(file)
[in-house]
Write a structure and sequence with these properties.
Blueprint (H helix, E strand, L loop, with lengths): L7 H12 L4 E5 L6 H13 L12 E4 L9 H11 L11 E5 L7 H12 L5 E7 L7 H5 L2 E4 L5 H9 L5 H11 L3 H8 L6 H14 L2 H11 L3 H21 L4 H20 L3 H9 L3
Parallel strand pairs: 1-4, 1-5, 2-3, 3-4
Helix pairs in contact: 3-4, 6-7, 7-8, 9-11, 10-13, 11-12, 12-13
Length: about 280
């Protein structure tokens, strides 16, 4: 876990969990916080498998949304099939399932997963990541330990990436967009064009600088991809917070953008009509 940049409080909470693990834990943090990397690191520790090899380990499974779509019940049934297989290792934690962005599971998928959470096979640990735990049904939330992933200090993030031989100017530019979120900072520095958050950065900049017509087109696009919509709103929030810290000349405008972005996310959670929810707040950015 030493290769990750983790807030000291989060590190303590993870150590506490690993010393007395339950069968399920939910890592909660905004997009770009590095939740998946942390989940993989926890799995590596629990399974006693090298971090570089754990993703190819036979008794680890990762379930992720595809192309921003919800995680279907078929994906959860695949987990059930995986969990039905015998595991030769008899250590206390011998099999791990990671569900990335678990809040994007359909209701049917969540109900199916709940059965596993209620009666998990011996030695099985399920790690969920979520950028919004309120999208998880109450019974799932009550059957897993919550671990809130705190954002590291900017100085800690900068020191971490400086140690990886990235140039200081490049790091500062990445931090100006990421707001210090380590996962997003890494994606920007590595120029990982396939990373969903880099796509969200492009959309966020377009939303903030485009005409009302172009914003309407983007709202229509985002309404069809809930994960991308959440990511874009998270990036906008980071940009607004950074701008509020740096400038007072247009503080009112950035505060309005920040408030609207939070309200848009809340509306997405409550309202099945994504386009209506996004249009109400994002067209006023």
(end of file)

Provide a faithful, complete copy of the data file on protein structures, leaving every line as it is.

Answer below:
[in-house]
Write a structure and sequence with these properties.
Blueprint (H helix, E strand, L loop, with lengths): L7 H12 L4 E5 L6 H13 L12 E4 L9 H11 L11 E5 L7 H12 L5 E7 L7 H5 L2 E4 L5 H9 L5 H11 L3 H8 L6 H14 L2 H11 L3 H21 L4 H20 L3 H9 L3
Parallel strand pairs: 1-4, 1-5, 2-3, 3-4
Helix pairs in contact: 3-4, 6-7, 7-8, 9-11, 10-13, 11-12, 12-13
Length: about 280
């Protein structure tokens, strides 16, 4: 876990969990916080498998949304099939399932997963990541330990990436967009064009600088991809917070953008009509 940049409080909470693990834990943090990397690191520790090899380990499974779509019940049934297989290792934690962005599971998928959470096979640990735990049904939330992933200090993030031989100017530019979120900072520095958050950065900049017509087109696009919509709103929030810290000349405008972005996310959670929810707040950015 030493290769990750983790807030000291989060590190303590993870150590506490690993010393007395339950069968399920939910890592909660905004997009770009590095939740998946942390989940993989926890799995590596629990399974006693090298971090570089754990993703190819036979008794680890990762379930992720595809192309921003919800995680279907078929994906959860695949987990059930995986969990039905015998595991030769008899250590206390011998099999791990990671569900990335678990809040994007359909209701049917969540109900199916709940059965596993209620009666998990011996030695099985399920790690969920979520950028919004309120999208998880109450019974799932009550059957897993919550671990809130705190954002590291900017100085800690900068020191971490400086140690990886990235140039200081490049790091500062990445931090100006990421707001210090380590996962997003890494994606920007590595120029990982396939990373969903880099796509969200492009959309966020377009939303903030485009005409009302172009914003309407983007709202229509985002309404069809809930994960991308959440990511874009998270990036906008980071940009607004950074701008509020740096400038007072247009503080009112950035505060309005920040408030609207939070309200848009809340509306997405409550309202099945994504386009209506996004249009109400994002067209006023």